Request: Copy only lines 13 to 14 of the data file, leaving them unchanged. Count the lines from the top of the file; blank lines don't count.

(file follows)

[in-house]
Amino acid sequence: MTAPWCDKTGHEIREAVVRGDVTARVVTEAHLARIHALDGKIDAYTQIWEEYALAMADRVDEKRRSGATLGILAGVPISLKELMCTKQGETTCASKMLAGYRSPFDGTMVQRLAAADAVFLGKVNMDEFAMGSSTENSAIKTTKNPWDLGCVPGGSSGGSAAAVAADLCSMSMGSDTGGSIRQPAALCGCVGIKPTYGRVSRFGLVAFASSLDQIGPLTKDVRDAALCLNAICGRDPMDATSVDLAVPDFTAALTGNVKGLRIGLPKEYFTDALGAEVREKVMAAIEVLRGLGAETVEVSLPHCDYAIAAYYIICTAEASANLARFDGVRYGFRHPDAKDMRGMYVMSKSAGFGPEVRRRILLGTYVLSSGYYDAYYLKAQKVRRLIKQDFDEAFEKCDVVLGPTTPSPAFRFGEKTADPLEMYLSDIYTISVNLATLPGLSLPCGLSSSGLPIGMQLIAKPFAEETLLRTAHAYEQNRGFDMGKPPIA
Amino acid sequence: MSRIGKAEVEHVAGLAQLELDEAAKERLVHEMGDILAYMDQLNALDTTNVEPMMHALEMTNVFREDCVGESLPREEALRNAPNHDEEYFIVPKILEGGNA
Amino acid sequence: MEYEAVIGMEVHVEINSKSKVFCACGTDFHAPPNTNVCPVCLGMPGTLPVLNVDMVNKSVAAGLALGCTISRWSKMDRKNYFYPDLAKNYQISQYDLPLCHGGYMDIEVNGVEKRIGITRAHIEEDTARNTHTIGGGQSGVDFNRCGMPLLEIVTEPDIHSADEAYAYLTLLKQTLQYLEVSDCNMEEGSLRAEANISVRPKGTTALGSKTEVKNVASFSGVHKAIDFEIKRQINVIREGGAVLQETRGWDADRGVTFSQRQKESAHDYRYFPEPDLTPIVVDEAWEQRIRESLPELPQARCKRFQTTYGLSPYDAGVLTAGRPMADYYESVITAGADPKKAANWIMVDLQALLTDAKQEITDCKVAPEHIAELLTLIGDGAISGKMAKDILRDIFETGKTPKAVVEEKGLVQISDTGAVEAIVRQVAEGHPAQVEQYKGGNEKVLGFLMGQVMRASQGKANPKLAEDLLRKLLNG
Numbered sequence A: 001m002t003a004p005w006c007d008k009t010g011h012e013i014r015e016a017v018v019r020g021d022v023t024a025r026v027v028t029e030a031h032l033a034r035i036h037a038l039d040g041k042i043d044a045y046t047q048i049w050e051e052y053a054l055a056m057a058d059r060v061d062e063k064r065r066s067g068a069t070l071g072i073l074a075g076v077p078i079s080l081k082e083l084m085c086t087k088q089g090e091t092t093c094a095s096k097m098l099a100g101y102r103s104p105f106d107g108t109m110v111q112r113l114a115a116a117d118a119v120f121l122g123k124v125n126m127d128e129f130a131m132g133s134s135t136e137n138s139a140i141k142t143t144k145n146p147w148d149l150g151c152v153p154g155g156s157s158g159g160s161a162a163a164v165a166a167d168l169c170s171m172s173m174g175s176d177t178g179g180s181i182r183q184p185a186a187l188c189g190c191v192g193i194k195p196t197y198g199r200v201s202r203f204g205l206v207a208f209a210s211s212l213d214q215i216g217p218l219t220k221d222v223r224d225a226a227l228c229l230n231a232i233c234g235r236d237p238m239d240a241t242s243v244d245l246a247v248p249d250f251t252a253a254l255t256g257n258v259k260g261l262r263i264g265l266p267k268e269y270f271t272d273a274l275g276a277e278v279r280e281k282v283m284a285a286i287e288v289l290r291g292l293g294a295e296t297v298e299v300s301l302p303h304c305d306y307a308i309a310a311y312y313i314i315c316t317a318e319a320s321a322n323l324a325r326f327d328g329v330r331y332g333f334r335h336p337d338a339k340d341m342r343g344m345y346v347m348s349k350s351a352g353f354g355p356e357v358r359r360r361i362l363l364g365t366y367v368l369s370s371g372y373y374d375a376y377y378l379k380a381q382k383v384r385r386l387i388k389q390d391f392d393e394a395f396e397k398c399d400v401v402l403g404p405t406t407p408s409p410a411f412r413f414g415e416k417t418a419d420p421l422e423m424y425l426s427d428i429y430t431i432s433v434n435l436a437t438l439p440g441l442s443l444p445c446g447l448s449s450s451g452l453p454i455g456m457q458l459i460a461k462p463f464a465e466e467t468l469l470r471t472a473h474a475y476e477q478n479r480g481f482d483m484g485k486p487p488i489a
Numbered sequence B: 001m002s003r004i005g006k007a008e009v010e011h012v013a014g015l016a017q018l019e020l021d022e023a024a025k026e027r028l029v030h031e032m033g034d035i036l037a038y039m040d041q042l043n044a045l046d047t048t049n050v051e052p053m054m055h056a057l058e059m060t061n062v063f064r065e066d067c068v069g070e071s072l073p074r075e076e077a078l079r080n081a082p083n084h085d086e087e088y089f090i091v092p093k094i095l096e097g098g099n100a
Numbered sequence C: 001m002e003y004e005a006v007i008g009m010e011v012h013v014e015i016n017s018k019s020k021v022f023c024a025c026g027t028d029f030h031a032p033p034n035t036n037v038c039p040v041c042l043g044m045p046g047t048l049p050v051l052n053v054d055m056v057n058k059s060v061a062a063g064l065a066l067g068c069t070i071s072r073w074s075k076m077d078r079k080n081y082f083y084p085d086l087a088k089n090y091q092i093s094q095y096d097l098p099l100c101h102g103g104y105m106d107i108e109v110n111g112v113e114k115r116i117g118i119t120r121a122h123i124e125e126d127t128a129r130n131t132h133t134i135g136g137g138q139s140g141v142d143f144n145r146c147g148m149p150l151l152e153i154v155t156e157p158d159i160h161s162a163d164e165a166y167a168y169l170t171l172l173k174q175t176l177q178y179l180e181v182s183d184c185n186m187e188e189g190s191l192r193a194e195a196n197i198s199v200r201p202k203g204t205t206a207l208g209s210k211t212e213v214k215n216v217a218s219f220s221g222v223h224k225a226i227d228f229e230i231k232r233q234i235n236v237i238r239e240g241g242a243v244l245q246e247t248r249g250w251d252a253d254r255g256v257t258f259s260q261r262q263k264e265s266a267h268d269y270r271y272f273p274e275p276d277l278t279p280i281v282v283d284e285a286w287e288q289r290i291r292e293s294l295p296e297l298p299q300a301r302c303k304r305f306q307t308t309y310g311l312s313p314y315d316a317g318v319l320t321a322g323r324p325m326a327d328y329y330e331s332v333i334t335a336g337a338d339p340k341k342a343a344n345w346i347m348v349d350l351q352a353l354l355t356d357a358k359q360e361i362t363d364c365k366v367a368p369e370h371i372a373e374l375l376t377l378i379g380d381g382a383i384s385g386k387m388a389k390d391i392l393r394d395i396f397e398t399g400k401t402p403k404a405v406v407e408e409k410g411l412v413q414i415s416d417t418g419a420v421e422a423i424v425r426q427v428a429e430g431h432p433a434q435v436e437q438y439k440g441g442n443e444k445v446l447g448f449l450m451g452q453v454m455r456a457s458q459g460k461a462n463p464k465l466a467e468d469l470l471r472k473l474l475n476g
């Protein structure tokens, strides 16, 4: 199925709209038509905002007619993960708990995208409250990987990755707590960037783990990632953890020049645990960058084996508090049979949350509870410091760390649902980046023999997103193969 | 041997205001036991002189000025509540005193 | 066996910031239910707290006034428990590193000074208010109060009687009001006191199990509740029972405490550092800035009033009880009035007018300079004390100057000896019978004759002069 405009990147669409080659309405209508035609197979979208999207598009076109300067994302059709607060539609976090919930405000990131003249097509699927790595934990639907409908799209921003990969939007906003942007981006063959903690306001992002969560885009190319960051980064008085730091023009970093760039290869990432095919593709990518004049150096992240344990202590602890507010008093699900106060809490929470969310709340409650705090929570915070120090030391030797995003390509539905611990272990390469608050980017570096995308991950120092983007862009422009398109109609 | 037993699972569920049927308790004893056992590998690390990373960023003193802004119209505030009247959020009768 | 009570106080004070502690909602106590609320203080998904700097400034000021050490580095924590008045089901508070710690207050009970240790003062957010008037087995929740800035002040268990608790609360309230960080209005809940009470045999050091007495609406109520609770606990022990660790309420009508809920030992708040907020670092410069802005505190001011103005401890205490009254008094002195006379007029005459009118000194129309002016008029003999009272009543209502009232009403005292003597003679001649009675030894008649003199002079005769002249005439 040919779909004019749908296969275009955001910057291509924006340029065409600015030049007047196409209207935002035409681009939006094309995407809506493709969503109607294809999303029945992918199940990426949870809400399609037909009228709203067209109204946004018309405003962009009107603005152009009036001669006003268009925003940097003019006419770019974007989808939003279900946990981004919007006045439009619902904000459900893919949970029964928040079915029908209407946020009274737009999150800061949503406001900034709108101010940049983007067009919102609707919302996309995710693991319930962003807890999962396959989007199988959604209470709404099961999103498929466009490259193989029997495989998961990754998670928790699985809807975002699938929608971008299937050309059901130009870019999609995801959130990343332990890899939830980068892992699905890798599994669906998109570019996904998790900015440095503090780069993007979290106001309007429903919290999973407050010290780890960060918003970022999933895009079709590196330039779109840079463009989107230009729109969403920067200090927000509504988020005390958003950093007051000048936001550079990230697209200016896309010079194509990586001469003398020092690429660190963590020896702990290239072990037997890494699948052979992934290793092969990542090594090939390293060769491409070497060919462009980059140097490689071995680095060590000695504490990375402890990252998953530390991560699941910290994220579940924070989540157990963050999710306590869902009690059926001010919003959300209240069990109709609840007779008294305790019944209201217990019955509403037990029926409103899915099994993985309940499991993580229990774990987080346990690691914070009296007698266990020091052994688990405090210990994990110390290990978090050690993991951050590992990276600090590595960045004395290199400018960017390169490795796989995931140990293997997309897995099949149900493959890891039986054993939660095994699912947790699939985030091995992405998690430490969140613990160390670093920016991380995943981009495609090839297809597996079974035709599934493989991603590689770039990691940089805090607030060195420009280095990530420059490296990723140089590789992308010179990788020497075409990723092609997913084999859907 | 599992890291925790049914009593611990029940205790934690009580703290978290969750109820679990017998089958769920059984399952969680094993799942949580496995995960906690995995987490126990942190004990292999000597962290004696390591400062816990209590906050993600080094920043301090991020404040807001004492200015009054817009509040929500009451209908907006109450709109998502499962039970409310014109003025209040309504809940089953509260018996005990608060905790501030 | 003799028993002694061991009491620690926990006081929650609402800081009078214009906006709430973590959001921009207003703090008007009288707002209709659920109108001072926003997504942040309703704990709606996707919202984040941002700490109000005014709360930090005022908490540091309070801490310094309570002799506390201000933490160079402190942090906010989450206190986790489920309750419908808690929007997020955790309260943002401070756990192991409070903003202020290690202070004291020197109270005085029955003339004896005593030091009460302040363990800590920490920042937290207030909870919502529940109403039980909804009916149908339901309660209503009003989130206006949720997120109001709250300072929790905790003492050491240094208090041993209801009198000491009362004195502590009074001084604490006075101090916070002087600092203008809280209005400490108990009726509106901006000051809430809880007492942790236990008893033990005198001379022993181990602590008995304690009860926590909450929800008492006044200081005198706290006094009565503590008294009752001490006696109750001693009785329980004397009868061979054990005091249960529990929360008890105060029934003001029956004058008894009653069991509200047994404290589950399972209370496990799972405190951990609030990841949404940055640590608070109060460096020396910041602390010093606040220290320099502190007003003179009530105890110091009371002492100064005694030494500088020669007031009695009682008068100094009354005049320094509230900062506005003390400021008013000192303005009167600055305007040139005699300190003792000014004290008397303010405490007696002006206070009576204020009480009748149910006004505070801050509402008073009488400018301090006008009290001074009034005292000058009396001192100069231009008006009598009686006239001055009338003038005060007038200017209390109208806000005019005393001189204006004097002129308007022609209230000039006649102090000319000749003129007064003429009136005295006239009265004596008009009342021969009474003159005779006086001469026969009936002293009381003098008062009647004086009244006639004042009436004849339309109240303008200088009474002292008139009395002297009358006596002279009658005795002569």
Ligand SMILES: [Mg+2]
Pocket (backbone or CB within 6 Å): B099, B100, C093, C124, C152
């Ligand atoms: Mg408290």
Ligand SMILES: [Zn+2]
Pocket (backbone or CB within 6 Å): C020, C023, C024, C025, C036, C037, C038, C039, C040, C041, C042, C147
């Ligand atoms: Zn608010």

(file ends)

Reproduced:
Pocket (backbone or CB within 6 Å): C020, C023, C024, C025, C036, C037, C038, C039, C040, C041, C042, C147
């Ligand atoms: Zn608010």